The Government Accountability Office (GAO) has reviewed federal efforts to address antibiotic resistance.
Bacterial infections have become more difficult, and sometimes impossible, to treat due to antibiotic resistance, which occurs when bacteria develop the ability to defeat the available drugs designed to kill them. Concerns about rising rates of resistance to available treatment options prompted the federal government to create the five-year National Action Plan in 2015. The plan called for federal agencies to strengthen surveillance, advance the development of diagnostic tests and new antibiotics, and slow the emergence of resistant bacteria, among other things.
The precise magnitude of the problem of antibiotic resistance is unknown. The Centers for Disease Control and Prevention (CDC) has made progress in expanding surveillance of infections from certain antibiotic-resistant bacteria in the United States and abroad but GAO’s review found that CDC faces several challenges. These include conducting surveillance for antibiotic resistance due to the limited data it is able to collect through various surveillance systems.
For example, CDC’s primary surveillance system for gonorrhea—which CDC classified as an urgent antibiotic resistance threat affecting over half a million patients annually—currently tracks only an estimated 1 to 2 percent of all U.S. cases and only in males. CDC has not fully evaluated the representativeness of the gonorrhea surveillance system’s results. However, GAO points out that it could do so, for example, by comparing the trends in their limited sample population with trends it can establish in the overall U.S. population via additional studies.
GAO found that federal agencies have taken steps to advance the development and use of diagnostic tests to identify antibiotic-resistant bacterial infections, but these efforts have limitations. For example, agencies have conducted some studies to establish whether testing can lead to positive health care outcomes, such as reduced rates of antibiotic-resistant infections. However, more such studies are needed, according to experts and agency officials interviewed as part of GAO’s review.
Without information to guide test usage, clinicians may not be able to select appropriate treatments for their patients. One reason for the insufficient number of studies is that Department of Health and Human Services (HHS) agencies that are in a position to conduct or fund such studies—such as CDC and the Biomedical Advanced Research and Development Authority—disagree about what each agency should do.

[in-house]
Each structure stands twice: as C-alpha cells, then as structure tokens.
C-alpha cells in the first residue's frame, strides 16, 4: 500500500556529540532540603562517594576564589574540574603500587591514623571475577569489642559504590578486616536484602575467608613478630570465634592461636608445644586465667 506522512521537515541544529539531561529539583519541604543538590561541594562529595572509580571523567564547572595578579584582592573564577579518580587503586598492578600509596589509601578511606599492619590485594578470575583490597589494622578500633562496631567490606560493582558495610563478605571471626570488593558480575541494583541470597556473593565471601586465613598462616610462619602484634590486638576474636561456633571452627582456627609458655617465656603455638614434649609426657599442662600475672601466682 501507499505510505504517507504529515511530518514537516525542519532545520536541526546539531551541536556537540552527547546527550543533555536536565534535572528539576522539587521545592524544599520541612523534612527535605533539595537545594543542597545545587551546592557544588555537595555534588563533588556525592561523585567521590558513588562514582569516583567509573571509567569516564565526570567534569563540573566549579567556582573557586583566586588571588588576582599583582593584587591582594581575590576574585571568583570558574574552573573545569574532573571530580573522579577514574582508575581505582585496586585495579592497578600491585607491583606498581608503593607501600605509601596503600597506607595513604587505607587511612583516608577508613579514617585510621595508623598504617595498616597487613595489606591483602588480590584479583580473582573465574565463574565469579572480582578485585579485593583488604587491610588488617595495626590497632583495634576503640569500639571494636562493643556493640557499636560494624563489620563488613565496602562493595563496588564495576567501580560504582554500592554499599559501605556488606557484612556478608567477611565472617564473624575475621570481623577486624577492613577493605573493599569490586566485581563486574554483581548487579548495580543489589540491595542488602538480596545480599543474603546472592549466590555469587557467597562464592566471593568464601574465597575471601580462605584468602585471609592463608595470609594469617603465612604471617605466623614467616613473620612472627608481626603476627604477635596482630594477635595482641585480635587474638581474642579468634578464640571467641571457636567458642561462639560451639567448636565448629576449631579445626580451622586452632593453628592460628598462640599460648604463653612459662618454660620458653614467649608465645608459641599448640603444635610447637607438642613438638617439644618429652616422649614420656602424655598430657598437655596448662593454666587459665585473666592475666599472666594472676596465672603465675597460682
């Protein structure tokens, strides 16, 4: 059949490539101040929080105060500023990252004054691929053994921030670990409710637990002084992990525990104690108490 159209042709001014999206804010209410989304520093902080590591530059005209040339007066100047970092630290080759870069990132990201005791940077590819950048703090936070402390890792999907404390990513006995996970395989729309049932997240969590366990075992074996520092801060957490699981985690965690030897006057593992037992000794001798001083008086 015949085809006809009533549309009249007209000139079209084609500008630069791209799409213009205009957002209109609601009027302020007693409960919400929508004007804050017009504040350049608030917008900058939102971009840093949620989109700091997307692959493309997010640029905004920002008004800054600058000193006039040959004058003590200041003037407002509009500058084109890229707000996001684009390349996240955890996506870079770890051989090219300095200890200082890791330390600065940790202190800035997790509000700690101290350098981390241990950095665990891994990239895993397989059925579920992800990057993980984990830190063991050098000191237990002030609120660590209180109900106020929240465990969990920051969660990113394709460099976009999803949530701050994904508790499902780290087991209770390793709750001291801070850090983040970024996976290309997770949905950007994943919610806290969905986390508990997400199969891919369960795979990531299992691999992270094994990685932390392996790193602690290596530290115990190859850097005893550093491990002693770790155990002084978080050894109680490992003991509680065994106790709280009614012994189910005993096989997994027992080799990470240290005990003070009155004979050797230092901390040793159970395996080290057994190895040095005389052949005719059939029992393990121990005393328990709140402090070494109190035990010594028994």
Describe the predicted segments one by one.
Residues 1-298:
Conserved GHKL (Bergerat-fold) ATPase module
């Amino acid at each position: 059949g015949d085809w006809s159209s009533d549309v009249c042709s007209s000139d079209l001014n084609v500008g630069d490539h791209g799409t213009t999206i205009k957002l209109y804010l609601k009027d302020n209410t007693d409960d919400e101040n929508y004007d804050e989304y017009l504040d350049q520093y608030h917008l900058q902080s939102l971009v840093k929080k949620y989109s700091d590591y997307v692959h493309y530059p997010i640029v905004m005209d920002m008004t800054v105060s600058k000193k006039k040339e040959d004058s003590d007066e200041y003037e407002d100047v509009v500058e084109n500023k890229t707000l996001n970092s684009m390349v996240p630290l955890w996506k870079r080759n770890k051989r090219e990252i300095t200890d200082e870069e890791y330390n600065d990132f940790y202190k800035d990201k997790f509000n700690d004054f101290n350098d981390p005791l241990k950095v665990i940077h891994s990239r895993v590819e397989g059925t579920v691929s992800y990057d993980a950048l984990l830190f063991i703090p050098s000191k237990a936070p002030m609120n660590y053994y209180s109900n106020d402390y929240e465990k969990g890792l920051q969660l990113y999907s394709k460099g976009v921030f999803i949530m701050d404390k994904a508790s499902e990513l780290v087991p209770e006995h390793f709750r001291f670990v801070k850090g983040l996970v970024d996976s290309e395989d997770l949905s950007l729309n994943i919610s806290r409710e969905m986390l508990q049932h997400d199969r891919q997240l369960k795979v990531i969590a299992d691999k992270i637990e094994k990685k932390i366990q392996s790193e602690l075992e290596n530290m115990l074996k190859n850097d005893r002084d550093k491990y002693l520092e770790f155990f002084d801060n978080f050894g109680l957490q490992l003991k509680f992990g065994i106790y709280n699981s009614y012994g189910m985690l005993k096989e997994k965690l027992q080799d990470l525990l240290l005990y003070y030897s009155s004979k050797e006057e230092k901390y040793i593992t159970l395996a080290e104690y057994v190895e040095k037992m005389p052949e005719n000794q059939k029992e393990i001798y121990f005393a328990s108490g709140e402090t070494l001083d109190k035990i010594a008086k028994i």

Experts also warned GAO that the current pipeline of antibiotics in development is insufficient to meet the threat of resistance. Several challenges impede the development of new treatments for resistant infections, notably inadequate return on investment for drug companies largely due to low prices and a limited patient population for whom these treatments would be appropriate.
While GAO found that HHS and Department of Defense agencies have provided financial premarket incentives to support antibiotic research and development, experts, federal officials and antibiotic developers agree that more postmarket incentives are needed to overcome the economic challenges. Advisory groups, including a presidential advisory council, and others have called for new postmarket incentives and identified multiple options for their design, including market entry rewards and reimbursement reform. But GAO said HHS has not developed a strategy to further incentivize development of new treatments for antibiotic-resistant infections, and it may need to request authority and appropriations to create and implement certain types of incentives. Until such incentives are developed, more drug companies may exit the antibiotic development sector, and the pipeline of new treatments may continue to decrease.
GAO has made eight recommendations to address the outstanding issues. These include ensuring that CDC’s evaluation of its surveillance system for antibiotic-resistant gonorrhea includes measures of the system’s representativeness of the U.S. population. Among other actions, GAO also recommends HHS identify leadership and clarify roles and responsibilities to assess the clinical outcomes of diagnostic testing; and develop a strategy to further incentivize the development of new treatments for antibiotic-resistant infections, including through the use of postmarket financial incentives. HHS agreed with the majority of the recommendations but did not concur with the recommendation that it develop a strategy that includes the use of postmarket financial incentives to encourage the development of new treatments for antibiotic-resistant infections, citing its ongoing analysis to understand whether postmarket incentives should be included in such a strategy.